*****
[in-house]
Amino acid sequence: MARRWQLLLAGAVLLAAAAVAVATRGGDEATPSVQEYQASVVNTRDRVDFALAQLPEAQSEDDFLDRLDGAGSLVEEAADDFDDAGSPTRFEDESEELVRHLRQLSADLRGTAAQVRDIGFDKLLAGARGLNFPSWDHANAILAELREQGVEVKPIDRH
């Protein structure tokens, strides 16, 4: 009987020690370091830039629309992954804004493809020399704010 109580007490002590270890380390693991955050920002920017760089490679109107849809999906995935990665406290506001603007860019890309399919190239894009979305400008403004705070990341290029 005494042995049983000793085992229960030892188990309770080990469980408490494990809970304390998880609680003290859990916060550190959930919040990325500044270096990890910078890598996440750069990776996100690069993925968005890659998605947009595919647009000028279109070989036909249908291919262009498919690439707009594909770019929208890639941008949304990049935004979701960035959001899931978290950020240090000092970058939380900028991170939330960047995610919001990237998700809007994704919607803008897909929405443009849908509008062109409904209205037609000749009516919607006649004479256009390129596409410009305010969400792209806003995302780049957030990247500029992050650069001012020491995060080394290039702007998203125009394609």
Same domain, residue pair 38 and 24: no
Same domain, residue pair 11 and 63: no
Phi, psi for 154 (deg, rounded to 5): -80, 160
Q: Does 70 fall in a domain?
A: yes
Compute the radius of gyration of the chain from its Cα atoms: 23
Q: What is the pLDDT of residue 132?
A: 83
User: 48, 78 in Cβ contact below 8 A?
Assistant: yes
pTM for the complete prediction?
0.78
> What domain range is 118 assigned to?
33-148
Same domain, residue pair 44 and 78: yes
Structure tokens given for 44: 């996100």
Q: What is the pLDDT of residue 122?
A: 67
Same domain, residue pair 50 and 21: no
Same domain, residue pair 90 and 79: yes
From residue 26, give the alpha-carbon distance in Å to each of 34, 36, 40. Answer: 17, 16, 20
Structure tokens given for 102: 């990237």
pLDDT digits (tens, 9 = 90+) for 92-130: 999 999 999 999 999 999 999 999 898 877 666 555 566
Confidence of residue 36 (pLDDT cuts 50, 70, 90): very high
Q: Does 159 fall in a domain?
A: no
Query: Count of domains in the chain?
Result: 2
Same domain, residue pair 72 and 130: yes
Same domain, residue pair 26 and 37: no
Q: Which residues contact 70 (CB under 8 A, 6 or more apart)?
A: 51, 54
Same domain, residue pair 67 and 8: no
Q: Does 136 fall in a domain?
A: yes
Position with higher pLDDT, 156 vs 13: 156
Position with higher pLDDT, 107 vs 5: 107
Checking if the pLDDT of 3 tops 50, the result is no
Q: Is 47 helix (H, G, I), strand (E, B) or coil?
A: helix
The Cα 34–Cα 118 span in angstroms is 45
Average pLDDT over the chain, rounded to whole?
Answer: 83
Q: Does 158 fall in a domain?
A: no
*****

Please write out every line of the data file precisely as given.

[in-house]
Amino acid sequence: MARRWQLLLAGAVLLAAAAVAVATRGGDEATPSVQEYQASVVNTRDRVDFALAQLPEAQSEDDFLDRLDGAGSLVEEAADDFDDAGSPTRFEDESEELVRHLRQLSADLRGTAAQVRDIGFDKLLAGARGLNFPSWDHANAILAELREQGVEVKPIDRH
């Protein structure tokens, strides 16, 4: 009987020690370091830039629309992954804004493809020399704010 109580007490002590270890380390693991955050920002920017760089490679109107849809999906995935990665406290506001603007860019890309399919190239894009979305400008403004705070990341290029 005494042995049983000793085992229960030892188990309770080990469980408490494990809970304390998880609680003290859990916060550190959930919040990325500044270096990890910078890598996440750069990776996100690069993925968005890659998605947009595919647009000028279109070989036909249908291919262009498919690439707009594909770019929208890639941008949304990049935004979701960035959001899931978290950020240090000092970058939380900028991170939330960047995610919001990237998700809007994704919607803008897909929405443009849908509008062109409904209205037609000749009516919607006649004479256009390129596409410009305010969400792209806003995302780049957030990247500029992050650069001012020491995060080394290039702007998203125009394609």
Same domain, residue pair 38 and 24: no
Same domain, residue pair 11 and 63: no
Phi, psi for 154 (deg, rounded to 5): -80, 160
Q: Does 70 fall in a domain?
A: yes
Compute the radius of gyration of the chain from its Cα atoms: 23
Q: What is the pLDDT of residue 132?
A: 83
User: 48, 78 in Cβ contact below 8 A?
Assistant: yes
pTM for the complete prediction?
0.78
> What domain range is 118 assigned to?
33-148
Same domain, residue pair 44 and 78: yes
Structure tokens given for 44: 């996100």
Q: What is the pLDDT of residue 122?
A: 67
Same domain, residue pair 50 and 21: no
Same domain, residue pair 90 and 79: yes
From residue 26, give the alpha-carbon distance in Å to each of 34, 36, 40. Answer: 17, 16, 20
Structure tokens given for 102: 């990237």
pLDDT digits (tens, 9 = 90+) for 92-130: 999 999 999 999 999 999 999 999 898 877 666 555 566
Confidence of residue 36 (pLDDT cuts 50, 70, 90): very high
Q: Does 159 fall in a domain?
A: no
Query: Count of domains in the chain?
Result: 2
Same domain, residue pair 72 and 130: yes
Same domain, residue pair 26 and 37: no
Q: Which residues contact 70 (CB under 8 A, 6 or more apart)?
A: 51, 54
Same domain, residue pair 67 and 8: no
Q: Does 136 fall in a domain?
A: yes
Position with higher pLDDT, 156 vs 13: 156
Position with higher pLDDT, 107 vs 5: 107
Checking if the pLDDT of 3 tops 50, the result is no
Q: Is 47 helix (H, G, I), strand (E, B) or coil?
A: helix
The Cα 34–Cα 118 span in angstroms is 45
Average pLDDT over the chain, rounded to whole?
Answer: 83
Q: Does 158 fall in a domain?
A: no